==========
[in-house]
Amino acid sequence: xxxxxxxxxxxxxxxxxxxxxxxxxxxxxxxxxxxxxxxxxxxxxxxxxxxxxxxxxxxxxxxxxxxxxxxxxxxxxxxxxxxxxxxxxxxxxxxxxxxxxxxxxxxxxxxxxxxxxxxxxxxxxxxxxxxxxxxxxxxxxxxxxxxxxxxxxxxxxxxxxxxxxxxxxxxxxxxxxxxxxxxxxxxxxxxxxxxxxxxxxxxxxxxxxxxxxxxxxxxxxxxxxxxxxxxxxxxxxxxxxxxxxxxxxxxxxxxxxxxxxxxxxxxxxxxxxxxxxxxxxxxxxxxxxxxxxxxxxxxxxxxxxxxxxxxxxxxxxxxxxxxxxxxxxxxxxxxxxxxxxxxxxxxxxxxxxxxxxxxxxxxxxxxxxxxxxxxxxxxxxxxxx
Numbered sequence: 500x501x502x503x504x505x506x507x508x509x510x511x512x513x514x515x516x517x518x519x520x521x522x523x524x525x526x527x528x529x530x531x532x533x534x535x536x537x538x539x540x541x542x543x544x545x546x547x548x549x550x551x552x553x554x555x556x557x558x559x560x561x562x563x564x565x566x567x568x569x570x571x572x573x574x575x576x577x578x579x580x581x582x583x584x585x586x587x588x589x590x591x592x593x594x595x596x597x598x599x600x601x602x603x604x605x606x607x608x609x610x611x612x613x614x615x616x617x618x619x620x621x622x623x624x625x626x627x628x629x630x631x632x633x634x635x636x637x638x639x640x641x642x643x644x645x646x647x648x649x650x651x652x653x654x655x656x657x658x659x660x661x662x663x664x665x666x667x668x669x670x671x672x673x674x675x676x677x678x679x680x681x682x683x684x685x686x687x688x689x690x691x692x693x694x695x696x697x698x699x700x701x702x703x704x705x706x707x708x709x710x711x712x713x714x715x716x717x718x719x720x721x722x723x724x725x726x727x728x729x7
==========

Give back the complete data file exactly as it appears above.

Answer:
[in-house]
Amino acid sequence: xxxxxxxxxxxxxxxxxxxxxxxxxxxxxxxxxxxxxxxxxxxxxxxxxxxxxxxxxxxxxxxxxxxxxxxxxxxxxxxxxxxxxxxxxxxxxxxxxxxxxxxxxxxxxxxxxxxxxxxxxxxxxxxxxxxxxxxxxxxxxxxxxxxxxxxxxxxxxxxxxxxxxxxxxxxxxxxxxxxxxxxxxxxxxxxxxxxxxxxxxxxxxxxxxxxxxxxxxxxxxxxxxxxxxxxxxxxxxxxxxxxxxxxxxxxxxxxxxxxxxxxxxxxxxxxxxxxxxxxxxxxxxxxxxxxxxxxxxxxxxxxxxxxxxxxxxxxxxxxxxxxxxxxxxxxxxxxxxxxxxxxxxxxxxxxxxxxxxxxxxxxxxxxxxxxxxxxxxxxxxxxxx
Numbered sequence: 500x501x502x503x504x505x506x507x508x509x510x511x512x513x514x515x516x517x518x519x520x521x522x523x524x525x526x527x528x529x530x531x532x533x534x535x536x537x538x539x540x541x542x543x544x545x546x547x548x549x550x551x552x553x554x555x556x557x558x559x560x561x562x563x564x565x566x567x568x569x570x571x572x573x574x575x576x577x578x579x580x581x582x583x584x585x586x587x588x589x590x591x592x593x594x595x596x597x598x599x600x601x602x603x604x605x606x607x608x609x610x611x612x613x614x615x616x617x618x619x620x621x622x623x624x625x626x627x628x629x630x631x632x633x634x635x636x637x638x639x640x641x642x643x644x645x646x647x648x649x650x651x652x653x654x655x656x657x658x659x660x661x662x663x664x665x666x667x668x669x670x671x672x673x674x675x676x677x678x679x680x681x682x683x684x685x686x687x688x689x690x691x692x693x694x695x696x697x698x699x700x701x702x703x704x705x706x707x708x709x710x711x712x713x714x715x716x717x718x719x720x721x722x723x724x725x726x727x728x729x7